Marines and Navy personnel stationed at Camp Lejeune, N.C., during years when its drinking water was highly polluted with toxic chemicals died of cancer far more frequently than those who lived at a base without fouled water, a federal study said Wednesday.
The federal Agency for Toxic Substances and Disease Registry's long-awaited mortality study provides persuasive evidence polluted water sickened people who lived at the North Carolina base, say members of a panel advising ATSDR.
Death rates for all cancers at Camp Lejeune were 10 percent higher than at Camp Pendleton, a Marine Corps base in California whose water was never contaminated, the study said.
For some types of cancer, the death rate was much greater at Lejeune when compared to Pendleton, according to the report. Examples include: kidney cancer (35 percent higher), liver cancer (42 percent), esophageal cancer (43 percent), cervical cancer (33 percent), Hodgkins lymphoma (47 percent) and multiple myeloma (68 percent).
Up to 1 million people, including nearly 20,000 Floridians, lived and worked at Lejeune during the more than three decades its drinking water was contaminated ending in 1987.
"This mortality study is certainly significant, and shows increased overall cancer deaths in Camp Lejeune veterans . . . and trends toward increased kidney cancer and leukemia deaths with increasing exposure to contaminated water," said Richard Clapp, an epidemiologist who serves on the ATSDR advisory panel.
The Marine Corps and ATSDR did not return messages seeking comment.
"This mortality study has given a voice to the thousands of dead Marines and sailors needlessly poisoned by the gross negligence of their leadership," said Michael Partain, 46, who was born at Camp Lejeune and also serves on the panel advising ATSDR. "Through their voices, maybe the living will have a fighting chance."
The mortality study compared 8,964 deaths of people who lived at Camp Lejeune from 1975 to 1985 to deaths of veterans stationed at Camp Pendleton during the same time period.
Those deaths amounted to nearly 6 percent of the 154,932 people stationed at Camp Lejeune in the decade examined, still a relatively small number, the study cautioned.
The study noted that cancer rates could change over time, and perhaps even fall. This is because Camp Lejeune's surviving population is relatively young — mostly under 55 — and rates could go up or down as additional deaths are recorded, the study said.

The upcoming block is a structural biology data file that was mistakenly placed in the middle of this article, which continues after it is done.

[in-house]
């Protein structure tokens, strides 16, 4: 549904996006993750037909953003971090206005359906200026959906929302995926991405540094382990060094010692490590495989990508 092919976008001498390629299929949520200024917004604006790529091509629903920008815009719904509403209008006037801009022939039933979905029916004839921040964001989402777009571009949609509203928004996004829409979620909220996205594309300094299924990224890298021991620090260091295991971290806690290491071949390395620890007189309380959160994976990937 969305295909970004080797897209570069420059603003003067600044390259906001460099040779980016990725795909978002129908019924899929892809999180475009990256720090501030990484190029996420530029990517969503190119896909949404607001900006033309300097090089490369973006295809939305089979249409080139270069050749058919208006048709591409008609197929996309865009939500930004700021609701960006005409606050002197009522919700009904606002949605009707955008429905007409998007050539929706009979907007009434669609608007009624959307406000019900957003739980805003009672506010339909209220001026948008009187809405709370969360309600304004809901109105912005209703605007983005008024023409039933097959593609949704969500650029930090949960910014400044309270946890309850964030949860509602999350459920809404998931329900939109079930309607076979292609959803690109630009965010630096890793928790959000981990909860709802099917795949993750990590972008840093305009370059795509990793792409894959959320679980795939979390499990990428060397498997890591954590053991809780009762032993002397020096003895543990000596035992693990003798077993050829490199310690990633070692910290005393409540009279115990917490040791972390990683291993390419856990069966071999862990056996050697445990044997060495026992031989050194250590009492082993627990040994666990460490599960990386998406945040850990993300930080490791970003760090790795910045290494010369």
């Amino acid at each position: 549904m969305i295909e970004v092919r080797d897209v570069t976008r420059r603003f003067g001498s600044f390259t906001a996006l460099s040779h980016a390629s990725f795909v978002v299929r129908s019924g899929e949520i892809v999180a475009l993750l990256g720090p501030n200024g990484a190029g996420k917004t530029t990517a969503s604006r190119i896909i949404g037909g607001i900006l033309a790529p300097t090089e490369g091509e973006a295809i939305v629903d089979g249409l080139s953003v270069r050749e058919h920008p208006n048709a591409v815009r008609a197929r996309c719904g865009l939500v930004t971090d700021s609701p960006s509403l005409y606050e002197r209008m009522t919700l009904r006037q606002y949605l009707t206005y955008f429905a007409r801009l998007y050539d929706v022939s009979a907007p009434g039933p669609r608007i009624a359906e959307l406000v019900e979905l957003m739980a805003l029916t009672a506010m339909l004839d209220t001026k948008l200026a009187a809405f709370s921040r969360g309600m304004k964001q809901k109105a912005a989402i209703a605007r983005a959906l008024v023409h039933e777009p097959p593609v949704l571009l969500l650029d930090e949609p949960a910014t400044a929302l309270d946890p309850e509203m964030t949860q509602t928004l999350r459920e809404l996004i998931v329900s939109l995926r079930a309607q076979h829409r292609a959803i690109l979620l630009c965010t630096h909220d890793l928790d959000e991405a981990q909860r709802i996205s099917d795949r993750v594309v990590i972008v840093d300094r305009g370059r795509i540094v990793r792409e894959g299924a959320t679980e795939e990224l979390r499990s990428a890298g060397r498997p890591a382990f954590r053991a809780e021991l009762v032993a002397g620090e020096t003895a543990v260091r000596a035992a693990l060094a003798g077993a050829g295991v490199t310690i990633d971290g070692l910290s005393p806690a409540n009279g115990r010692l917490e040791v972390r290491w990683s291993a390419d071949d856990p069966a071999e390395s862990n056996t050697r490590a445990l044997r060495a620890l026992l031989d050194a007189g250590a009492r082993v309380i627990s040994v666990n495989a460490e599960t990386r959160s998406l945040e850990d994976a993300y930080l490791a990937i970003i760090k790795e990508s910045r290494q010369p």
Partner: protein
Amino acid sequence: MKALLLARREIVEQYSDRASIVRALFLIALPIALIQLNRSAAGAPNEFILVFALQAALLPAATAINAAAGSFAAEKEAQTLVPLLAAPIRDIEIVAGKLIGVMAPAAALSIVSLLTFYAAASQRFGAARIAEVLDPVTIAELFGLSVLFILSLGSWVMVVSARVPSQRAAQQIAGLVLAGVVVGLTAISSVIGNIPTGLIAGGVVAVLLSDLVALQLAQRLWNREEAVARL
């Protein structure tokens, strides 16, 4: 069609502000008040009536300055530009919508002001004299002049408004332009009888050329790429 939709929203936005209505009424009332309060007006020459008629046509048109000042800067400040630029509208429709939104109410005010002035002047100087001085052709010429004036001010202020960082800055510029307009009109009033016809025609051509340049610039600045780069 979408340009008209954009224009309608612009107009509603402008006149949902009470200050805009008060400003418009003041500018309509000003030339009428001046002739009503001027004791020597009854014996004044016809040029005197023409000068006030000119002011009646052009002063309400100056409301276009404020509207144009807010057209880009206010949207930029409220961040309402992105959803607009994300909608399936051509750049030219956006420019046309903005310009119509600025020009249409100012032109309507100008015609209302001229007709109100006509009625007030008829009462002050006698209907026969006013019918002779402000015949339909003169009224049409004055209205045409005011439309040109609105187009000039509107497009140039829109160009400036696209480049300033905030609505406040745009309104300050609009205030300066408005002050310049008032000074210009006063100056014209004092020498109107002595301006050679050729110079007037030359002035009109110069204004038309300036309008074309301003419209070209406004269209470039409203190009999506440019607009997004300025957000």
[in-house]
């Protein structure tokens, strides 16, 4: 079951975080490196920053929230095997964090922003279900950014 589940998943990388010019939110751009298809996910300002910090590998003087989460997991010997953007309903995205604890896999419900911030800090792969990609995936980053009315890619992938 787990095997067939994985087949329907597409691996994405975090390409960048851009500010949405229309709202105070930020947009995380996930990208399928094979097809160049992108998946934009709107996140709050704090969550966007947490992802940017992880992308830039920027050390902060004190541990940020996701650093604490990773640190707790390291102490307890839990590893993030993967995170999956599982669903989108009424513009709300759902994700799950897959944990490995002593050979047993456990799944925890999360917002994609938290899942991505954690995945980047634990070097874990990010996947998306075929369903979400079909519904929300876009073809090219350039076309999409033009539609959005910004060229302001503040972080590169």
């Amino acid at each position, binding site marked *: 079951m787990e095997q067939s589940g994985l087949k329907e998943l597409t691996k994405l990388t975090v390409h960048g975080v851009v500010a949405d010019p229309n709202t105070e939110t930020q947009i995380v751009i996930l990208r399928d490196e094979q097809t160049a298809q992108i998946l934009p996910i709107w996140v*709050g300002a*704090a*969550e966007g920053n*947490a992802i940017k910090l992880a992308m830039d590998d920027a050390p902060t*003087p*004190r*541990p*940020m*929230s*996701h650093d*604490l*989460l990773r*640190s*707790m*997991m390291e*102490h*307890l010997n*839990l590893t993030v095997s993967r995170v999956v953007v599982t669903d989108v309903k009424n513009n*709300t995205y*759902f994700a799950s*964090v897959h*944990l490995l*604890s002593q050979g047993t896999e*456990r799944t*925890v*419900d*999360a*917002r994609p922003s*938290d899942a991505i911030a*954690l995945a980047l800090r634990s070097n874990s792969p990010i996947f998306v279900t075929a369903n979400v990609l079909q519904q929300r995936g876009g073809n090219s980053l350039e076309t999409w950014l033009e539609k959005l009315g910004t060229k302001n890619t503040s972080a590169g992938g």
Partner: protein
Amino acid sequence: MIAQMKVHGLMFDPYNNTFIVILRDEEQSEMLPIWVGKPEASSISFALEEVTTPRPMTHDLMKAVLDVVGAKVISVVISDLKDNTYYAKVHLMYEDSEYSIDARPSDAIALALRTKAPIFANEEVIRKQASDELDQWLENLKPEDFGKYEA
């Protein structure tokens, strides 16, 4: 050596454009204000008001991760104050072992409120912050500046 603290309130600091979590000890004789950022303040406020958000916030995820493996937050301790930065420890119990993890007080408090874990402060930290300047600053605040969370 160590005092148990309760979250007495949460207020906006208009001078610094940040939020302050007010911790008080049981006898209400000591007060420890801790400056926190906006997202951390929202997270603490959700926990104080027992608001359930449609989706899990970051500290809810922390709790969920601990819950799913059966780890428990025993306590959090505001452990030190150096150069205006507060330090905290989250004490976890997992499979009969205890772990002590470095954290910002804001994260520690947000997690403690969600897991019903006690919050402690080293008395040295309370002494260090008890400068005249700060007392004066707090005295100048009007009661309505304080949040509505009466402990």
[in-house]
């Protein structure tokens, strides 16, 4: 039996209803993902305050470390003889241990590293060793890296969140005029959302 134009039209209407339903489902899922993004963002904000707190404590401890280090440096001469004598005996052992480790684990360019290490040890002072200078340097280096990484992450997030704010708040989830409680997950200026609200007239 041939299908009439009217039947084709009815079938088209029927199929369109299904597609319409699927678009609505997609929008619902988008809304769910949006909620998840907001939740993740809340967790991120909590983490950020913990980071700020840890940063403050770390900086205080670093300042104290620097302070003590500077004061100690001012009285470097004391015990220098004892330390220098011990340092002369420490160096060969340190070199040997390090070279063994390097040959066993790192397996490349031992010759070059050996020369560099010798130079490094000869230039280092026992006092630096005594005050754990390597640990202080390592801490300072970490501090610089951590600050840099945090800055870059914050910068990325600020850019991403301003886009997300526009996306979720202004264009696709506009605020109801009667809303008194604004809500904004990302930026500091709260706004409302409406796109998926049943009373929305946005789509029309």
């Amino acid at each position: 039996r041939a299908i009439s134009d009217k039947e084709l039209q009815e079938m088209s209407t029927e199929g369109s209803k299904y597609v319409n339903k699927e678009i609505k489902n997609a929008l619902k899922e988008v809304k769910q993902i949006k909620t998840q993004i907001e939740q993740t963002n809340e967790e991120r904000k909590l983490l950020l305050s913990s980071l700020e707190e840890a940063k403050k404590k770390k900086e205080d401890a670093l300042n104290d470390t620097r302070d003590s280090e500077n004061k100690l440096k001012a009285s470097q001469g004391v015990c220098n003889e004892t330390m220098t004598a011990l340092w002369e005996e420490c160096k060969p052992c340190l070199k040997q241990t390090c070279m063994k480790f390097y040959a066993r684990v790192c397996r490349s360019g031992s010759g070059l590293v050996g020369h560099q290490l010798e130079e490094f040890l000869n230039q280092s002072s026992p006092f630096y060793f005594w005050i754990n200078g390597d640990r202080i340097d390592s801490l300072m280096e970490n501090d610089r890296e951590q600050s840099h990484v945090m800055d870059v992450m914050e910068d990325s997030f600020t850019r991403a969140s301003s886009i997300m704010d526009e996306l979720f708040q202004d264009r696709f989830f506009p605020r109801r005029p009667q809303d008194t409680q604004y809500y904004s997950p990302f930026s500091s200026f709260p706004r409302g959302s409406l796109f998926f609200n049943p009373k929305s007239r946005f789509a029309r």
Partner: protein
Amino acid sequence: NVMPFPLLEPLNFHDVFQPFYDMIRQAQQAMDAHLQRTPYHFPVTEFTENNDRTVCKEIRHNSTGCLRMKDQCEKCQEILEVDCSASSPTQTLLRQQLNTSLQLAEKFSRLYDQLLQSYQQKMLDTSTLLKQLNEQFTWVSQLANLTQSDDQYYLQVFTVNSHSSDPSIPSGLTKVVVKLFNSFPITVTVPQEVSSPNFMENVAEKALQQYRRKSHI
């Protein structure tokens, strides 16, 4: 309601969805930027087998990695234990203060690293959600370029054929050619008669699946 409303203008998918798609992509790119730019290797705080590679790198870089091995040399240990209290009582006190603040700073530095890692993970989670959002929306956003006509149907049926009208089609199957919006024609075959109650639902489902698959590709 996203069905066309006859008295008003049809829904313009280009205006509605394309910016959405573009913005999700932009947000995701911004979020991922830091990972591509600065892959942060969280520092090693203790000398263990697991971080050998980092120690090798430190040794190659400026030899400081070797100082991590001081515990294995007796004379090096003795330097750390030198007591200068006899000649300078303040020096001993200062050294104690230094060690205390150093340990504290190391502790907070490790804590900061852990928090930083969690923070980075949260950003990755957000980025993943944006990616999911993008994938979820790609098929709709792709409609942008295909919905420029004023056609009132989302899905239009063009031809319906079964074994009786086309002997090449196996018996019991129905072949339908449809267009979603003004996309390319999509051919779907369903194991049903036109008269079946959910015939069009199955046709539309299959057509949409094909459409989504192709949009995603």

"Long-term follow-up would be necessary for a comprehensive assessment of the effects of exposures to the contaminated drinking water at the base," the study said.
Though base water became contaminated starting in the 1950s or earlier, the study's time frame was limited by the availability of some military records.
The report also noted the rate of kidney cancer at Camp Lejeune was 16 percent greater than the U.S. population. Additionally, multiple myeloma cancer deaths were 5 percent higher than the U.S. population, while cervical cancer deaths were 3 percent higher.
Those results were not anticipated, the study said, because the base's population was younger and, as a whole, in better health than the U.S. population.
Leaders of a group of Camp Lejeune veterans and family members said ATSDR now needs to conduct a cancer-incidence study to get a full picture of the harm caused by chemicals. Such a study might show how many people have survived cancers and other diseases.
Jerry Ensminger, a former Marine drill instructor who believes his 9-year-old daughter died in 1985 of leukemia caused by Lejeune's polluted water, said ATSDR and Marine Corps officials have been reluctant to take on such a study.
The government "exposed us to the highest levels of drinking water contamination in the history of our country, yet they don't want to do a cancer-incidence study?" Ensminger said. "It's like the government ran this ghoulish experiment on our families and now they don't want to know the results."
Another battle may come in Congress, where veterans are pushing for full Department of Veterans Affairs benefits to those made sick by Lejeune water.
In a statement released by his office, Sen. Bill Nelson said, "I want to see all barriers to treatment removed for affected Camp Lejeune veterans and their families."
Calls for comment to Sen. Kay Hagan and Sen. Richard Burr, North Carolina lawmakers who have led efforts in Congress on Lejeune issues, were not returned Wednesday.
Camp Lejeune water was contaminated with fuel byproducts, solvents and other chemicals. Sources included leaking underground fuel tanks.
Contaminated water wells were closed by the mid-1980s.
William R. Levesque can be reached at firstname.lastname@example.org or (813) 226-3432.